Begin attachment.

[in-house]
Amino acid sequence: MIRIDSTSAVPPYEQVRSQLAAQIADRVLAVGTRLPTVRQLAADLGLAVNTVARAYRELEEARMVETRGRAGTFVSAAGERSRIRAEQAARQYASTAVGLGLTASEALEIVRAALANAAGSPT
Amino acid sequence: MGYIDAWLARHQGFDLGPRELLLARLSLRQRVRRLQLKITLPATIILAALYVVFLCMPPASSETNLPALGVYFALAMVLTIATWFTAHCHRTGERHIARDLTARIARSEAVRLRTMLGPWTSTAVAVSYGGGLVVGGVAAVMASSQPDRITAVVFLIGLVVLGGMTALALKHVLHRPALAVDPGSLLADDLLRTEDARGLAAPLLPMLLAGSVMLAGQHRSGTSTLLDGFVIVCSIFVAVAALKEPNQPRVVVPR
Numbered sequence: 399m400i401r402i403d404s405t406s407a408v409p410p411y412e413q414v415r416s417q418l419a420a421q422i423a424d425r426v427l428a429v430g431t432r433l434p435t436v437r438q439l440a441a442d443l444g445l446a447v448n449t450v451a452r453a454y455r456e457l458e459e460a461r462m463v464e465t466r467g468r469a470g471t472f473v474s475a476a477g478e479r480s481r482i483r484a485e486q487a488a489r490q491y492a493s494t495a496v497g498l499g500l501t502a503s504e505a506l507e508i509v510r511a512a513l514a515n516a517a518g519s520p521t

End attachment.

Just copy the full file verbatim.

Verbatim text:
[in-house]
Amino acid sequence: MIRIDSTSAVPPYEQVRSQLAAQIADRVLAVGTRLPTVRQLAADLGLAVNTVARAYRELEEARMVETRGRAGTFVSAAGERSRIRAEQAARQYASTAVGLGLTASEALEIVRAALANAAGSPT
Amino acid sequence: MGYIDAWLARHQGFDLGPRELLLARLSLRQRVRRLQLKITLPATIILAALYVVFLCMPPASSETNLPALGVYFALAMVLTIATWFTAHCHRTGERHIARDLTARIARSEAVRLRTMLGPWTSTAVAVSYGGGLVVGGVAAVMASSQPDRITAVVFLIGLVVLGGMTALALKHVLHRPALAVDPGSLLADDLLRTEDARGLAAPLLPMLLAGSVMLAGQHRSGTSTLLDGFVIVCSIFVAVAALKEPNQPRVVVPR
Numbered sequence: 399m400i401r402i403d404s405t406s407a408v409p410p411y412e413q414v415r416s417q418l419a420a421q422i423a424d425r426v427l428a429v430g431t432r433l434p435t436v437r438q439l440a441a442d443l444g445l446a447v448n449t450v451a452r453a454y455r456e457l458e459e460a461r462m463v464e465t466r467g468r469a470g471t472f473v474s475a476a477g478e479r480s481r482i483r484a485e486q487a488a489r490q491y492a493s494t495a496v497g498l499g500l501t502a503s504e505a506l507e508i509v510r511a512a513l514a515n516a517a518g519s520p521t